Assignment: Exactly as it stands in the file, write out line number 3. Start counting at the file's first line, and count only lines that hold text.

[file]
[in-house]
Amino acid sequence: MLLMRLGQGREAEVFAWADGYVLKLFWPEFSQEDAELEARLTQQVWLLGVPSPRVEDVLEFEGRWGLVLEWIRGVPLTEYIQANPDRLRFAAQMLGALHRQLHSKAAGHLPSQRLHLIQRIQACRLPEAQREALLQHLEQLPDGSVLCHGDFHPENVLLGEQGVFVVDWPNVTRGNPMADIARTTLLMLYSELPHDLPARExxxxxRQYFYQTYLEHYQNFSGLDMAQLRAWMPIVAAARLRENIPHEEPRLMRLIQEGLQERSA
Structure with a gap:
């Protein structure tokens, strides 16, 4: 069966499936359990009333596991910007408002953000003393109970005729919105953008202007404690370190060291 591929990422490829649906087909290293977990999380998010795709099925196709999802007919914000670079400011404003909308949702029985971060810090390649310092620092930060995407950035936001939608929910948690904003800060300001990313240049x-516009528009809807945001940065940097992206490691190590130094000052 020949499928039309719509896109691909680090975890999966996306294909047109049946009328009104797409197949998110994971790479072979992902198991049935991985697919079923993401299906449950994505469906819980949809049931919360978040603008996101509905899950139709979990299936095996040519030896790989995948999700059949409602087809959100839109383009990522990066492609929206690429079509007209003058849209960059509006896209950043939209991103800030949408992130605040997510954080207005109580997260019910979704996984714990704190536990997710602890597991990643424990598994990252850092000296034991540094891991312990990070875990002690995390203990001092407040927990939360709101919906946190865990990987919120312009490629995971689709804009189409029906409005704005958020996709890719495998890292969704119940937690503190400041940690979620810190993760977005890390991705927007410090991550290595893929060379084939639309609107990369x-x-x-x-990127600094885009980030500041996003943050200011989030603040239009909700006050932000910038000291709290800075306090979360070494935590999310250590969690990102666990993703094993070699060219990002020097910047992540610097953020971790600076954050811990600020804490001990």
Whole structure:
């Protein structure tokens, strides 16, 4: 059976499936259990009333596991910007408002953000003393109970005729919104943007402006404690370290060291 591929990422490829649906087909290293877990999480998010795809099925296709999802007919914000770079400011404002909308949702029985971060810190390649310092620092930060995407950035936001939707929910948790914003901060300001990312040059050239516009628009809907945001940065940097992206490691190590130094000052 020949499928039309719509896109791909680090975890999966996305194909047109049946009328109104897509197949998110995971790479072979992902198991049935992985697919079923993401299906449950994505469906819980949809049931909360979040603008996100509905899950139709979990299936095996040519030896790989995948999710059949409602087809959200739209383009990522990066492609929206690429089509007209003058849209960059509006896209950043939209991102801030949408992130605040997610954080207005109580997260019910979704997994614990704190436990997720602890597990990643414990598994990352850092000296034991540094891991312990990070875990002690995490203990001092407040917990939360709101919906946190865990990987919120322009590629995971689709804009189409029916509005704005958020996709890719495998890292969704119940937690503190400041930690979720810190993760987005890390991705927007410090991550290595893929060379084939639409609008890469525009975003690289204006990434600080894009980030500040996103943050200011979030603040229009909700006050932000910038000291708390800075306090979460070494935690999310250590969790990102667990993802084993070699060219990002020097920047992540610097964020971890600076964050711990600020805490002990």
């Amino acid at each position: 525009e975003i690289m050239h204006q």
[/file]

Structure with a gap: